Zhou Yimin, a deputy chief engineer at the ministry, told the financial magazine Caijing that the trains' maximum operating speed should be 300 kph (185 mph) rather than the originally targeted 350 kph (216 mph).
Railways Minister Liu Zhijun, who was dismissed this spring amid an investigation into unspecified alleged corruption charges, insisted on claiming the world's best technology for all aspects of the showcase high-speed rail program, Zhou told Caijing.
Liu demanded higher speeds for the 215 billion yuan ($32.5 billion) Beijing-Shanghai railway to 380 kph (235 mph) despite knowing that the contracts for the foreign-designed cars being used called for a maximum of 300 kph, he said.
"What he wanted was buying a train with a top speed designed at 300 kph but making it run at a speed of 350 kph," Zhou said.
Liu was the public face of the high-speed rail program. No details have been released about the allegations against him, but news reports say accusations include kickbacks, bribes, illegal contracts and sexual liaisons.
As the ruling Communist Party approaches the 90th anniversary of its founding, on July 1, it is seeking to burnish its image for graft-busting.
Liu's case shows that "any corrupt member, whoever he is, will be held accountable," the Communist Party's vice chairman for discipline, Wu Yuliang, told reporters in Beijing on Wednesday.
Trial operations of the 1,318-kilometer (813 mile) Beijing-Shanghai railway began May 11. Its formal inauguration is expected next week.
The Railways Ministry recently specified that the trains will operate at a maximum 300 kph instead of 350 kph, for the sake of efficiency. Ministry officials insist that decision was not based on safety considerations.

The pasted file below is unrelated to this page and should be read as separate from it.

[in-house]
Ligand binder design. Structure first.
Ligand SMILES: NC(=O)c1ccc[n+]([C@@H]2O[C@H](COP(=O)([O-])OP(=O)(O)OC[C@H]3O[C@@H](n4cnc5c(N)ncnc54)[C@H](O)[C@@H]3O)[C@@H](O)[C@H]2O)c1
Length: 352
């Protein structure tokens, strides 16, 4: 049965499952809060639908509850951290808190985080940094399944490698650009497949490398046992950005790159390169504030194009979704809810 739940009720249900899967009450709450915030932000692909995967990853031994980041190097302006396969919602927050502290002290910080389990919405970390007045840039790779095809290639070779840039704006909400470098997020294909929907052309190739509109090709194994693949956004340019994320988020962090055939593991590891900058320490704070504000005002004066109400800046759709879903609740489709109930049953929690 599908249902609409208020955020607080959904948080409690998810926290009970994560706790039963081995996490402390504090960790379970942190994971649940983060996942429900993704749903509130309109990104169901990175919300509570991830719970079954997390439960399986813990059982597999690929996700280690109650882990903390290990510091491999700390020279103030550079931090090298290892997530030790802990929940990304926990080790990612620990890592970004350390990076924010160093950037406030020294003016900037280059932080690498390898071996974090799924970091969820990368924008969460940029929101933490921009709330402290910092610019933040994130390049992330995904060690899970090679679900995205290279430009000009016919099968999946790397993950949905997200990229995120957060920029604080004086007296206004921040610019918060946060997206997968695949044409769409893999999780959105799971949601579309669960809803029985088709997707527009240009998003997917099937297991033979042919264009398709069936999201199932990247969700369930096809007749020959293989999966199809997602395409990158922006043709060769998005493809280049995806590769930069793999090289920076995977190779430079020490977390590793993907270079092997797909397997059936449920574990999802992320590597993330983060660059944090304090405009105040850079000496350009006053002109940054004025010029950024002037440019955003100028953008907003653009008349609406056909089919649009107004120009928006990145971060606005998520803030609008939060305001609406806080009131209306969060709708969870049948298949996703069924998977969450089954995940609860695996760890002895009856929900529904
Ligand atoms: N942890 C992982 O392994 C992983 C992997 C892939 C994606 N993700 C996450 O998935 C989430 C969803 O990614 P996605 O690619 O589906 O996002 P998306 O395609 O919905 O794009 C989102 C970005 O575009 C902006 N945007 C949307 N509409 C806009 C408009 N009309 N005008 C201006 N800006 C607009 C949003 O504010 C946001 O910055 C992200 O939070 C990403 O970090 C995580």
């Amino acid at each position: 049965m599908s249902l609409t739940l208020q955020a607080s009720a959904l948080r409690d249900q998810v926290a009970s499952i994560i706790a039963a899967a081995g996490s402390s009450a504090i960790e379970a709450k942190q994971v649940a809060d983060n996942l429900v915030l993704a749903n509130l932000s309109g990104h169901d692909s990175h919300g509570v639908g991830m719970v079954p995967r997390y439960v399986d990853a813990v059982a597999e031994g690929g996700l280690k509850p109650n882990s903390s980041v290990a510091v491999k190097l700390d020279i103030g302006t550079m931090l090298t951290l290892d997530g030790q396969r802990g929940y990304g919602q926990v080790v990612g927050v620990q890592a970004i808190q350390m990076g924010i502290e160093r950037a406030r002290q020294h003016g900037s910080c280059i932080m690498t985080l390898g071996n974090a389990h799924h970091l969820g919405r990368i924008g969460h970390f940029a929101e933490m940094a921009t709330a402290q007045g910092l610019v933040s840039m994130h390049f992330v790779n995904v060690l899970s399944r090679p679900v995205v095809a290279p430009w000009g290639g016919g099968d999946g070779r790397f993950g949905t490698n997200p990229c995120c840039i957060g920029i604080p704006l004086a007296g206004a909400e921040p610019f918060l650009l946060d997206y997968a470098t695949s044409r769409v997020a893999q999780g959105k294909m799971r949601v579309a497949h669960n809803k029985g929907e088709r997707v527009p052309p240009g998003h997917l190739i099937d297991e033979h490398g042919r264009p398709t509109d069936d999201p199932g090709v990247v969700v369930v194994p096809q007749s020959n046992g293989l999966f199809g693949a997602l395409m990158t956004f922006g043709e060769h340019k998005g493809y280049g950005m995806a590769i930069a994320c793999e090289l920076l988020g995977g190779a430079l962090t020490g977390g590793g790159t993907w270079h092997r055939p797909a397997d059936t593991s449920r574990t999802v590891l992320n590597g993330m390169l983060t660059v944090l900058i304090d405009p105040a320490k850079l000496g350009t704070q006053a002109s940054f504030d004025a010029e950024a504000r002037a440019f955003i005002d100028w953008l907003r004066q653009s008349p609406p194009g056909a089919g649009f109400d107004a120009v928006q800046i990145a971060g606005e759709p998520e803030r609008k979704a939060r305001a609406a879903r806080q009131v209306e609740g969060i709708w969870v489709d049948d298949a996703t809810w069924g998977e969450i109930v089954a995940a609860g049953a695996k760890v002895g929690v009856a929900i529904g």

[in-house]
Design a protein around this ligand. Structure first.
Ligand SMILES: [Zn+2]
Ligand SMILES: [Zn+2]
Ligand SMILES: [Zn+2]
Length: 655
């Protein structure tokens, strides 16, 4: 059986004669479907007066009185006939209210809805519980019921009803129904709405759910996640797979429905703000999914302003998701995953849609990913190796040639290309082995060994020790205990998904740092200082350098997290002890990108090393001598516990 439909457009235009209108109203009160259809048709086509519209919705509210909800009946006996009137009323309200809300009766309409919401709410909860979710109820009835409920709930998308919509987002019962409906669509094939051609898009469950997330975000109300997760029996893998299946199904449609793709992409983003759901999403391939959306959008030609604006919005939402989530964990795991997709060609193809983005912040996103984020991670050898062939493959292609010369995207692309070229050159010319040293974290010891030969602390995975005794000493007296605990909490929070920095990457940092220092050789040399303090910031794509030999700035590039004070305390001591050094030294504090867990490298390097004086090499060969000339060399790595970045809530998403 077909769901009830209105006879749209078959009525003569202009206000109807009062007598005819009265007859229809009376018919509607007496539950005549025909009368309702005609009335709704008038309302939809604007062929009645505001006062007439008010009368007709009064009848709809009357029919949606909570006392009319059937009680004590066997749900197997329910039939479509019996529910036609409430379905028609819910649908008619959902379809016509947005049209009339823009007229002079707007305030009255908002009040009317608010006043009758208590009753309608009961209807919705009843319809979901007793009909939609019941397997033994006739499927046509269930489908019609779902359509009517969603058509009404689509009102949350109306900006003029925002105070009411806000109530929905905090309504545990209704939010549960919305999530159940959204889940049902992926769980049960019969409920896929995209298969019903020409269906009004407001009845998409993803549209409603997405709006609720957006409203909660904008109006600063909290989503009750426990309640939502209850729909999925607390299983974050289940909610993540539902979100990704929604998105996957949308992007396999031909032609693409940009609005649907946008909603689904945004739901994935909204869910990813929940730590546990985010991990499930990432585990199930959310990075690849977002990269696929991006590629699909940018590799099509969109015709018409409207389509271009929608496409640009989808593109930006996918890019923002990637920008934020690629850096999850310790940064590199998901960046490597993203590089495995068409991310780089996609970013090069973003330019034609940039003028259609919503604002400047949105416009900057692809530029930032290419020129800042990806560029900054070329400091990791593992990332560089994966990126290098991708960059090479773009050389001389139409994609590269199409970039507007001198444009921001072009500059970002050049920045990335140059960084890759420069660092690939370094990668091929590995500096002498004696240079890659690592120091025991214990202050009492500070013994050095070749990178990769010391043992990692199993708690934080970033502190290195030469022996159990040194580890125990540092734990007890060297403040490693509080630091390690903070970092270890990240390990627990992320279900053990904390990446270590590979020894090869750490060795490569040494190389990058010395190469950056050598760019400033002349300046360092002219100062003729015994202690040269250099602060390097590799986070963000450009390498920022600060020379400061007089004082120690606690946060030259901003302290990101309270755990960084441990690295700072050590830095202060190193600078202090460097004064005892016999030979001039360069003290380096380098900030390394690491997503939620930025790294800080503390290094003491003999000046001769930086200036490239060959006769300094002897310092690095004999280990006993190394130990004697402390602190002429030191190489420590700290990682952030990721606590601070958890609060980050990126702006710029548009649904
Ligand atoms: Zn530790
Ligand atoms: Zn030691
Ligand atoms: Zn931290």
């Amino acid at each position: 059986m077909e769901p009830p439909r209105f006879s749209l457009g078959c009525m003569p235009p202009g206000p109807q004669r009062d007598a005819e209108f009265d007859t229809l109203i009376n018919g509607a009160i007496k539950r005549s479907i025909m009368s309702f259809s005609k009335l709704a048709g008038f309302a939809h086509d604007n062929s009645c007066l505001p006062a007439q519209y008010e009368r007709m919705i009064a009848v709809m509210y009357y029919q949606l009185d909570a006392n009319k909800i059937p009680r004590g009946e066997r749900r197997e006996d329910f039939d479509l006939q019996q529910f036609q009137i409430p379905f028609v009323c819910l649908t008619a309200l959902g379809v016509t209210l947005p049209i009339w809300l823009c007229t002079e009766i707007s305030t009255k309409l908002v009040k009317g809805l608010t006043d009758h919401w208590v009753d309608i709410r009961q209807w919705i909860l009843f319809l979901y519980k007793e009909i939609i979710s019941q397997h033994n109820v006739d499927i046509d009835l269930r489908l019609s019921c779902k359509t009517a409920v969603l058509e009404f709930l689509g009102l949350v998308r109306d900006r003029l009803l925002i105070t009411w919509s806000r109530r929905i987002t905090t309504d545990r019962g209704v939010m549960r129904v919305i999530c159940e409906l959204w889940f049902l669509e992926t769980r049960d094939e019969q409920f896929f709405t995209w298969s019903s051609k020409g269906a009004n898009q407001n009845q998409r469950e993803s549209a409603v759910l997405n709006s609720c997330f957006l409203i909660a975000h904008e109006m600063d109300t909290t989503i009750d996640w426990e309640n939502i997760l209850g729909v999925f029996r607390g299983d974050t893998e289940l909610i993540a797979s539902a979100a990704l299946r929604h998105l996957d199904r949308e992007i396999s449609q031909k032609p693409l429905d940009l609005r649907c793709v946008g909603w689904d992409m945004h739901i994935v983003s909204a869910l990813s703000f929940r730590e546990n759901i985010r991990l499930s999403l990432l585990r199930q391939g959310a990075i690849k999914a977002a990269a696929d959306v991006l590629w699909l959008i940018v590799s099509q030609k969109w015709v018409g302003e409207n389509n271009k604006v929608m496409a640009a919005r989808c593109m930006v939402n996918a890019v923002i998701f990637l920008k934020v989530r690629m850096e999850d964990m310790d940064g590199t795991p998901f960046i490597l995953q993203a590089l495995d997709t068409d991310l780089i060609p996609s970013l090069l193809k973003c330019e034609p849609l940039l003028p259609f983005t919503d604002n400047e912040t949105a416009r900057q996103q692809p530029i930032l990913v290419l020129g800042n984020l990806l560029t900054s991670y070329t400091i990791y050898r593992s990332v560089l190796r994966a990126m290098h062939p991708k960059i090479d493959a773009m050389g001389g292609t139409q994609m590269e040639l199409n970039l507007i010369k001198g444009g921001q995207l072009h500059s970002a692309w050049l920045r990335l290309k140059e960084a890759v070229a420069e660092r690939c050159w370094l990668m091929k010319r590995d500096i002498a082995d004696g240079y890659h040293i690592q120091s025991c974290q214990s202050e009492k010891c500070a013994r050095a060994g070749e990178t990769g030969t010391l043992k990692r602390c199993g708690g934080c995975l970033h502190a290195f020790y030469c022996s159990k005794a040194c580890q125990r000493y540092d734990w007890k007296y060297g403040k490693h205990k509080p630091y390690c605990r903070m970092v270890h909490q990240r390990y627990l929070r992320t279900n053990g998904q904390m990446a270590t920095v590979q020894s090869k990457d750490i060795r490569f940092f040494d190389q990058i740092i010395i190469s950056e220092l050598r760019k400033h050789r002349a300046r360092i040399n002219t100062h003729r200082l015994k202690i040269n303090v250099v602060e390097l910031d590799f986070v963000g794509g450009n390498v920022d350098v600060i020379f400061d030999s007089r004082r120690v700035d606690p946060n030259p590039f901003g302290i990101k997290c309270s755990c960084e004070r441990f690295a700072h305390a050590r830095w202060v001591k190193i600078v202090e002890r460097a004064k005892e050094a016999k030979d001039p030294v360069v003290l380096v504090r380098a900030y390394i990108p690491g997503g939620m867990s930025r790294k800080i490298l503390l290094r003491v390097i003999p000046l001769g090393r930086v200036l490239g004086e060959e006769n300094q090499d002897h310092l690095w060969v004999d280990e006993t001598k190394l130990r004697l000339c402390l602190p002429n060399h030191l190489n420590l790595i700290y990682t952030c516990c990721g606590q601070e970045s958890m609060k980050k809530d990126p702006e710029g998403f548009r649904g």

"He retired too early to know what is going on," Wang Bin, a ministry spokesman, said of Zhou's comments.
While Zhou did not report severe safety problems or accidents, his criticism is unusually outspoken given the railway's status as a showcase project on a par with Beijing's space program. China is aggressively marketing its expertise and competing for overseas projects, sometimes to the chagrin of foreign partners.
Although they balk at speaking out publicly out of fears of jeopardizing their own business prospects, some working in the industry have criticized China's claims of leading the world in the high-speed rail sector, saying that its achievements are mainly based on foreign knowhow.
Zhou concurred with that assessment, saying China has made significant progress but still lacks core research and development.
The rush to be first has prompted officials to push ahead despite safety glitches, he said.
"In fact, glitches are common in several of our high-speed lines. Some may seem small but actually aren't, and all of them are being kept secret," Caijing quoted him as saying.
Zhou said a high-speed line between Beijing and the northeastern city of Shenyang has been halted several times due to malfunctions, and an engine casing had flown off a train on another line.
Despite questions over whether the costly lines are best suited to China's needs, Beijing aims to have 8,000 miles (13,000 kilometers) of high-speed rail in place by the year's end and twice that length by 2020.